To make our lives a bit easier, we drove an extra couple minutes from Goldau to Kräbel, up a one-lane country road, by-passing the extra train ride from Kräbel to Goldau at both ends of our trip. This way we wouldn’t have to worry about missing the cog-wheel train back from Kräbel to Goldau at the end of our hike, which runs only once an hour. There is no hiking trail from Kräbel to Goldau and walking down the road is not a good option with kids. There are lots of metered parking spaces (8chf/day) by Kräbel but they fill up fast on a busy days. You should be fine before 10am.

Trail Details

Whew! You’ve made it to Rigi Kulm. Enjoy the view! Don’t hurry yourselves onto the trail. Just enjoy the view and wander around the top.

Above the Rigi Kulm station, there is a panorama area where you can wander around and take lots of pictures.

The view from the top in summer…

At Rigi Kulm, there’s a restaurant and toilets and again at Rigi Staffel and Rigi First. But after that, it’s a long stretch with no services until Rigi Scheidegg.

The trail starts at the Rigi Kulm station and basically follows the tracks down to Rigi Staffel. This part can be a little steep for strollers, so plan to use your breaks. In November…

And in summer…

At Staffel, cross the tracks and follow yellow trail signs to Rigi First. When the trail splits, go to your left away from the tracks. The trail on the right along the tracks leads down to Rigi Kaltbad.

Looking back up to Rigi Kulm.

Just after the split, there is a Feuerstelle with wood and picnic tables tucked up under the cliff. But keep walking; there’s an even better one in just a few minutes, with a big open view southwest before you walk down to Rigi First. Firewood was stacked on the side of the hut. Even if you’re not building a fire, this is still a nice place to lounge in the grass and catch the view.

The trail down to First.

Looking down the valley towards Goldau, in summer.

A couple different trails merge in First, shown below. There are a few restaurants here. I didn’t see any public toilets, but I’m sure you could use the facilities in one of the restaurants.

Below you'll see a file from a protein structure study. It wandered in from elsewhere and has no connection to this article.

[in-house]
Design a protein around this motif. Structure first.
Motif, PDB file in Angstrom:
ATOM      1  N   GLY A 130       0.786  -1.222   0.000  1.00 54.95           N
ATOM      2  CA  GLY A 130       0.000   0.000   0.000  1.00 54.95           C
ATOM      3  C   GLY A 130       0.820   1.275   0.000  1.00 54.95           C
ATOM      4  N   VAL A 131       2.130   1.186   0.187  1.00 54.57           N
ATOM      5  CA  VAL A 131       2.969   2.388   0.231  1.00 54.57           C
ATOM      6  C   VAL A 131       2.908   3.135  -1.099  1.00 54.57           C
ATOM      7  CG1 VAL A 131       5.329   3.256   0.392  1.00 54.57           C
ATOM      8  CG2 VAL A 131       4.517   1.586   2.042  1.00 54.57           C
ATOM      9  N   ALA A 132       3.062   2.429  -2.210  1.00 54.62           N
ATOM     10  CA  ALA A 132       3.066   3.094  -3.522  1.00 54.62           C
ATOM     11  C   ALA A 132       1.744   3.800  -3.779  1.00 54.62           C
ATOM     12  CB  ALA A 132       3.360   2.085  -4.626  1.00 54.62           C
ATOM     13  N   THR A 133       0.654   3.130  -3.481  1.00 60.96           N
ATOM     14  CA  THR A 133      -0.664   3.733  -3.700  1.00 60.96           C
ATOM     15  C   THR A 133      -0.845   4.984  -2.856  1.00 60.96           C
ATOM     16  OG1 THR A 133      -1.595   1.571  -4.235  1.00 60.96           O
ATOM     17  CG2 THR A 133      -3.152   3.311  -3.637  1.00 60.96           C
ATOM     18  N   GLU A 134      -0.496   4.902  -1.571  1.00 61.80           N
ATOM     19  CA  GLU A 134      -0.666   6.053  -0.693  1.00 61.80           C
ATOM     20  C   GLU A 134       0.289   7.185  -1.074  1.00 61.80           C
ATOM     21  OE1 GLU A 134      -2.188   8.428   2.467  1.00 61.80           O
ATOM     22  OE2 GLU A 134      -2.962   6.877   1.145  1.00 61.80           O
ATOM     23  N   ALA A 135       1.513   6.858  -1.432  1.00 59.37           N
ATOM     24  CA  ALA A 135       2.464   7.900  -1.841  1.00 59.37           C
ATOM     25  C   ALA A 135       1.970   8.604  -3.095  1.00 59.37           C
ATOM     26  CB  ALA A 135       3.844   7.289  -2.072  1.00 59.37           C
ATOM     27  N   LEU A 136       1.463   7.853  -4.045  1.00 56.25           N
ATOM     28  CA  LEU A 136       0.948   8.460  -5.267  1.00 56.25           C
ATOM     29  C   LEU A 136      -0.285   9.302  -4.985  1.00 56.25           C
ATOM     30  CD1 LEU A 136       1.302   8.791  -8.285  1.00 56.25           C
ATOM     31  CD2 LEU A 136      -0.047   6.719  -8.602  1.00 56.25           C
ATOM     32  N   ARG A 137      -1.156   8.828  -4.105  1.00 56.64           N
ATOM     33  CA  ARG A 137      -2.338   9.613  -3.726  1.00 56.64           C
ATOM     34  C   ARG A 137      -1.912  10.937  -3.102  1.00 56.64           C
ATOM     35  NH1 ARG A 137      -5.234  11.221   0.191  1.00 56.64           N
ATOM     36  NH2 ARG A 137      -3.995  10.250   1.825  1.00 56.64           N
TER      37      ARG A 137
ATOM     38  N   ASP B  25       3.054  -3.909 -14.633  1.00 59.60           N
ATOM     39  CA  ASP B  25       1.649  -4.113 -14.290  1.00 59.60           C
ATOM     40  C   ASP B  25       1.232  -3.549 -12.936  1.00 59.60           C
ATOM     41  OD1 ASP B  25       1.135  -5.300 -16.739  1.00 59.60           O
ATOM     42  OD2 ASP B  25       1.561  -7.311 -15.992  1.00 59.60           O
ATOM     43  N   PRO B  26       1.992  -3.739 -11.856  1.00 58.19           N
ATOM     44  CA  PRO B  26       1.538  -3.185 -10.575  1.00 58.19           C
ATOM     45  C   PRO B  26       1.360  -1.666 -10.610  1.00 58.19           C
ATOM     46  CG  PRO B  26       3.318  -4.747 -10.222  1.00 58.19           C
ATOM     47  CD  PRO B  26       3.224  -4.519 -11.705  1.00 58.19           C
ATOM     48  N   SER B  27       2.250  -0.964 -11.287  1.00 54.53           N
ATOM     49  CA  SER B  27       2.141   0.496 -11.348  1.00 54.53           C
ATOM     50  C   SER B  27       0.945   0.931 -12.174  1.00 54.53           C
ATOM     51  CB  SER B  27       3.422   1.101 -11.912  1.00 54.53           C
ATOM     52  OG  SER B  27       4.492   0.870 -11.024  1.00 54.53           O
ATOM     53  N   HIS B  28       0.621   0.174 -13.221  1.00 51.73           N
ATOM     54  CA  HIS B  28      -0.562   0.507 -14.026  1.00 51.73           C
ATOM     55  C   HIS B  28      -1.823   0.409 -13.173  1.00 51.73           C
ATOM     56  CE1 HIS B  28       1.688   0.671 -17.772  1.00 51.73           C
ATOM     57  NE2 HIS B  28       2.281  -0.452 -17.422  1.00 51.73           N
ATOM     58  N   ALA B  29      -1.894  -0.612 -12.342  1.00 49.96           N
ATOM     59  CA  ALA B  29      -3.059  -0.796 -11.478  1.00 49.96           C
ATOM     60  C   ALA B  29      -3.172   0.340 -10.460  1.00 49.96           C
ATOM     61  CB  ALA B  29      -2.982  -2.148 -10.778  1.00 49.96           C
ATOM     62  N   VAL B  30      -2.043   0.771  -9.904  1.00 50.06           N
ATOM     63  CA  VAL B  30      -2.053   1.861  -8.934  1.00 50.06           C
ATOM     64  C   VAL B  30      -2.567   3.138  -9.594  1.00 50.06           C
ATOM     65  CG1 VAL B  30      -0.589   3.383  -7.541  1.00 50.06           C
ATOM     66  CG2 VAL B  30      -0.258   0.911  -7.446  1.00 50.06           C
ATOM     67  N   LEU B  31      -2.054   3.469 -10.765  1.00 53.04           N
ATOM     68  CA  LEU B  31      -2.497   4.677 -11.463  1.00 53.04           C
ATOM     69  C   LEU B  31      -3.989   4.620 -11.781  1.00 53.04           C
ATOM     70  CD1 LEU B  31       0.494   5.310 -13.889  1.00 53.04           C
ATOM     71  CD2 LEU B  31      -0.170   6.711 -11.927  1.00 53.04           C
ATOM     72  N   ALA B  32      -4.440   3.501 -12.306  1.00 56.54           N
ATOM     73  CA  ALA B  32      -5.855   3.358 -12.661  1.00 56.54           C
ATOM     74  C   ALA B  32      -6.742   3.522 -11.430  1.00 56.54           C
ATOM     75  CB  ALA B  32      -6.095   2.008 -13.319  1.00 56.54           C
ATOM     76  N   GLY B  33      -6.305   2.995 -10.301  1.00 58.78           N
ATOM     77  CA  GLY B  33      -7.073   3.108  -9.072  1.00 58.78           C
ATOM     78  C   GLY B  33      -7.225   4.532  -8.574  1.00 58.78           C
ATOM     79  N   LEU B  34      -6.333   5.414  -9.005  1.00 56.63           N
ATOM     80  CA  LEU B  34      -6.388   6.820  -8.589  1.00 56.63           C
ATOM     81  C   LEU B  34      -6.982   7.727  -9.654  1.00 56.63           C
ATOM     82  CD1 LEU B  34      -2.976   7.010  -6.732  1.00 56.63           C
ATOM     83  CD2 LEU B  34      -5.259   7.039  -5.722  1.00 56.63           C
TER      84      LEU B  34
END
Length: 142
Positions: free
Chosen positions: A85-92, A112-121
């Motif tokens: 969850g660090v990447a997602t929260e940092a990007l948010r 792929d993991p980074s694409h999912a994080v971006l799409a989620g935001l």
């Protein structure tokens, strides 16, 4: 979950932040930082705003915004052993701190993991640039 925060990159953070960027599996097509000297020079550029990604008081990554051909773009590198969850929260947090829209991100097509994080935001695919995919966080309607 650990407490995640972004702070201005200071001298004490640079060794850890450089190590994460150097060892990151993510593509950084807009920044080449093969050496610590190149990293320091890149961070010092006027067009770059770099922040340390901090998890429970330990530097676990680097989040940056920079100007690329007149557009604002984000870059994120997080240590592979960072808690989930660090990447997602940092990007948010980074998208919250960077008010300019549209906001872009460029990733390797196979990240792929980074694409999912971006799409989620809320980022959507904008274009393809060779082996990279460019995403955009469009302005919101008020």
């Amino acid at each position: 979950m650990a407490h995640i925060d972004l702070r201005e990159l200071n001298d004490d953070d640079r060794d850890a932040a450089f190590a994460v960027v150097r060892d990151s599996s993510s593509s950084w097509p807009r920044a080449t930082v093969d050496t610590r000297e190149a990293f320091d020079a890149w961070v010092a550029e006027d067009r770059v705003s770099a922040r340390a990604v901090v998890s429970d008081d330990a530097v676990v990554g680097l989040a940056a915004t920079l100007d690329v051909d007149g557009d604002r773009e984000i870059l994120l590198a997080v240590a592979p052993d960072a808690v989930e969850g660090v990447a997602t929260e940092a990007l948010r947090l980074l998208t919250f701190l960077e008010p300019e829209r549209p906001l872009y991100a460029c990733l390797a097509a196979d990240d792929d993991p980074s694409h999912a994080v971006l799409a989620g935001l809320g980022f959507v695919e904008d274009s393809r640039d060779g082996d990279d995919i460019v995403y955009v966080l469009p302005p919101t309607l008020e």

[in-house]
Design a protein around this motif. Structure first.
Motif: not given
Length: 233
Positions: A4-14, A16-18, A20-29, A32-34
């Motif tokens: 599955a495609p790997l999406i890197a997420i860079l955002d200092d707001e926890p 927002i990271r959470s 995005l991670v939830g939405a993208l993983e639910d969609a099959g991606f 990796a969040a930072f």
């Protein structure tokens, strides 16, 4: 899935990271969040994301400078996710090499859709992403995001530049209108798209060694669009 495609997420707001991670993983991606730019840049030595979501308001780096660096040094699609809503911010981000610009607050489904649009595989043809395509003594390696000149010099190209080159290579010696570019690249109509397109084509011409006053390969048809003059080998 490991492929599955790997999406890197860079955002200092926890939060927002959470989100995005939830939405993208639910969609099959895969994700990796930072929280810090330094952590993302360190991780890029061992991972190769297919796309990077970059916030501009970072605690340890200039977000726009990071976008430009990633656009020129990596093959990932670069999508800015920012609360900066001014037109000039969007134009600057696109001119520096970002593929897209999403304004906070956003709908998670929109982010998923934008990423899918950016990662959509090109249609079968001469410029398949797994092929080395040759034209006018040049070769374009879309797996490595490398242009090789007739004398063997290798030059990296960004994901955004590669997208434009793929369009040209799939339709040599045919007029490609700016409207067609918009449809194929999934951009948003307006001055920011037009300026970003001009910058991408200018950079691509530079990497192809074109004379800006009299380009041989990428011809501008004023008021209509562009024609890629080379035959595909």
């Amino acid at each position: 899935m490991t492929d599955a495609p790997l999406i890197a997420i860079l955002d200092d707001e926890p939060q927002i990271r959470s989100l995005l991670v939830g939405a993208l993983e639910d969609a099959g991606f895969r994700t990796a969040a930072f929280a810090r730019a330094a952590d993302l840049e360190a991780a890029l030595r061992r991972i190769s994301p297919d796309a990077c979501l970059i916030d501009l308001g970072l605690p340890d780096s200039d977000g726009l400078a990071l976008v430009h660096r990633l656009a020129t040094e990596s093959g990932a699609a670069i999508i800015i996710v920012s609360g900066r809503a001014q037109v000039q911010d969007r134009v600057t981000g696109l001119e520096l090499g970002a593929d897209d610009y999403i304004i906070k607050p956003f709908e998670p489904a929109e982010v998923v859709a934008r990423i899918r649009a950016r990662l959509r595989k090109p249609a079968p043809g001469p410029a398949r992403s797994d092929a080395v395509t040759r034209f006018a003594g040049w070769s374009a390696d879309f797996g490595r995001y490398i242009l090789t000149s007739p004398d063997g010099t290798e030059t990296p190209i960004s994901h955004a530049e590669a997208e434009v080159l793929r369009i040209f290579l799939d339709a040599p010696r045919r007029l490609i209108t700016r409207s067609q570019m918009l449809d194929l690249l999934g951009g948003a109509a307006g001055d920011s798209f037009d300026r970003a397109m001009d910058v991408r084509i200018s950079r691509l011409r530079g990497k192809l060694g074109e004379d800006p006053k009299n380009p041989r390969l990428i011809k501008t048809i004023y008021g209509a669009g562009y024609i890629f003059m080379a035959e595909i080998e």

Follow the signs to Felsenweg, which is part of the Panoramaweg. This Felsenegg, aka cliff walk, is a short segment along the cliffs before it joins back up with the main trail. This section is not open in winter and sometimes closed in bad weather. If this part is closed, simply follow the yellow signs to Rigi Scheidegg, aka “Scheideggweg,” which is a dirt road on the opposite side of the cliffs.

Here is the Felsenegg, my favorite part of the trail. It’s narrower than other parts of the trail, but you can still take strollers here.

These benches would be a nice place for a picnic lunch but it’s tough to get a spot.

After the Felsenweg, the trail rejoins the dirt road that leads to Rigi Scheidegg.

In a few minutes, you’ll pass another Feuerstelle, again with wood and picnic tables. Continue walking on the road towards Scheidegg. If you want to work a bit harder, the trail splits just before the Feuerstelle and goes straight up and over the mountain peak, then rejoins the road to Scheidegg.

The road is slightly uphill but not difficult, nice views to the east. We stopped here for lunch.

As you near Scheidegg, the trail will split again, both directions leading to Rigi Scheidegg. The road will take you to Scheidegg at a slightly lower elevation. If you don’t have a stroller, leave the road and take the split to your left up the mountain. Below my son is walking up that trail from the road. It’s steep and bumpy at first. But it has great views once you get up to the top.

See what I mean?

Here’s the end of the trail at Gersau, just before you reach the Rigi Scheidegg cable car. There are a couple restaurants here and a great playground with a view. There are three trampolines, a slide, climbing stuff, etc.

Keep walking to reach the Rigi Scheidegg cable car. It runs about every 30 minutes, but check the schedule before you go as it may have a limited schedule on weekdays and off season. The cable car only carries about 10 people, so on busy days, you might need to wait in line a bit. The cable car drops you off in Kräbel where you’ll need to catch the cogwheel train back to Goldau. That train runs once an hour so try to coordinate before riding down. There’s nothing to do in Kräbel while you wait.